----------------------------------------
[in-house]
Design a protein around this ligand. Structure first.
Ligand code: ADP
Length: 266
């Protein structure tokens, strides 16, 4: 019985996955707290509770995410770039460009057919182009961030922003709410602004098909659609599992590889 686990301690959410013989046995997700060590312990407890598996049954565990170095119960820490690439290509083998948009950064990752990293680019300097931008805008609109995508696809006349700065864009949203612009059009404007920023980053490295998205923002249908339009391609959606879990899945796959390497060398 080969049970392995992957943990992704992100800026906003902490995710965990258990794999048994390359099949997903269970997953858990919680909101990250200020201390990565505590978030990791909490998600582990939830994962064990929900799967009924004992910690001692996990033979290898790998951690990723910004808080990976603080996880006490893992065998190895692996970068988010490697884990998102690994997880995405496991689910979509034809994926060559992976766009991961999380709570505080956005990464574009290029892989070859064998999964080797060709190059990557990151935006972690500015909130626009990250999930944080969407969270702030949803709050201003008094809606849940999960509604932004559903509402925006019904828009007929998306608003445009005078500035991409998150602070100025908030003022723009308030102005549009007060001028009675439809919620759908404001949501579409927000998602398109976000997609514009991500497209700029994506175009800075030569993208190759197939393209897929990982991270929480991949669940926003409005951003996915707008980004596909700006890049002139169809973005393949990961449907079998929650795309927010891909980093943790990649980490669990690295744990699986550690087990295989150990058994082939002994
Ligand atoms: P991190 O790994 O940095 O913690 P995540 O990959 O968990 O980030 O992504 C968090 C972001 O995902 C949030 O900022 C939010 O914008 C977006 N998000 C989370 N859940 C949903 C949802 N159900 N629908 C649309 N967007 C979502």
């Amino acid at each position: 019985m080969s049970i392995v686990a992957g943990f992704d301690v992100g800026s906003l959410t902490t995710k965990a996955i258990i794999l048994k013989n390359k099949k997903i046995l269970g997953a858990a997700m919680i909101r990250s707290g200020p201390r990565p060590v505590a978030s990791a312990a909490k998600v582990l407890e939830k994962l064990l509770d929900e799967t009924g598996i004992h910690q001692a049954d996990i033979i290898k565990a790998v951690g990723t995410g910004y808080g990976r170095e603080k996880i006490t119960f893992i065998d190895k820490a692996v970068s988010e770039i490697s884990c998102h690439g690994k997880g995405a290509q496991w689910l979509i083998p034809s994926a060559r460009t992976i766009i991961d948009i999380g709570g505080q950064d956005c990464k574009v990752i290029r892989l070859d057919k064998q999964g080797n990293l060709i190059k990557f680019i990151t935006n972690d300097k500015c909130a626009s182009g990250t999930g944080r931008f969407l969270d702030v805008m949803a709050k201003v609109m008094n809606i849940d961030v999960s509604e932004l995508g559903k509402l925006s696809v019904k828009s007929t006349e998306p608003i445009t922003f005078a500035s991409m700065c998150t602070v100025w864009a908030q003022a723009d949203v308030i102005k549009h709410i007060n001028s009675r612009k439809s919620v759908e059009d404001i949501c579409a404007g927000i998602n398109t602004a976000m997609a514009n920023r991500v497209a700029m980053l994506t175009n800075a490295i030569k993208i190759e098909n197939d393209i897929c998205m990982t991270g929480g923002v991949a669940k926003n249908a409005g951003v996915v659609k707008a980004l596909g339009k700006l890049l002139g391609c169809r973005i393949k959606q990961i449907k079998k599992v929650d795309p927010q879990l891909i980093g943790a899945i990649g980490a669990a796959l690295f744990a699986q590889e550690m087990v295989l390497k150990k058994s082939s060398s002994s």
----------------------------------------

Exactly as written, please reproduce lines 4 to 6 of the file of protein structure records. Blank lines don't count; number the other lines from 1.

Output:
Length: 266
């Protein structure tokens, strides 16, 4: 019985996955707290509770995410770039460009057919182009961030922003709410602004098909659609599992590889 686990301690959410013989046995997700060590312990407890598996049954565990170095119960820490690439290509083998948009950064990752990293680019300097931008805008609109995508696809006349700065864009949203612009059009404007920023980053490295998205923002249908339009391609959606879990899945796959390497060398 080969049970392995992957943990992704992100800026906003902490995710965990258990794999048994390359099949997903269970997953858990919680909101990250200020201390990565505590978030990791909490998600582990939830994962064990929900799967009924004992910690001692996990033979290898790998951690990723910004808080990976603080996880006490893992065998190895692996970068988010490697884990998102690994997880995405496991689910979509034809994926060559992976766009991961999380709570505080956005990464574009290029892989070859064998999964080797060709190059990557990151935006972690500015909130626009990250999930944080969407969270702030949803709050201003008094809606849940999960509604932004559903509402925006019904828009007929998306608003445009005078500035991409998150602070100025908030003022723009308030102005549009007060001028009675439809919620759908404001949501579409927000998602398109976000997609514009991500497209700029994506175009800075030569993208190759197939393209897929990982991270929480991949669940926003409005951003996915707008980004596909700006890049002139169809973005393949990961449907079998929650795309927010891909980093943790990649980490669990690295744990699986550690087990295989150990058994082939002994
Ligand atoms: P991190 O790994 O940095 O913690 P995540 O990959 O968990 O980030 O992504 C968090 C972001 O995902 C949030 O900022 C939010 O914008 C977006 N998000 C989370 N859940 C949903 C949802 N159900 N629908 C649309 N967007 C979502």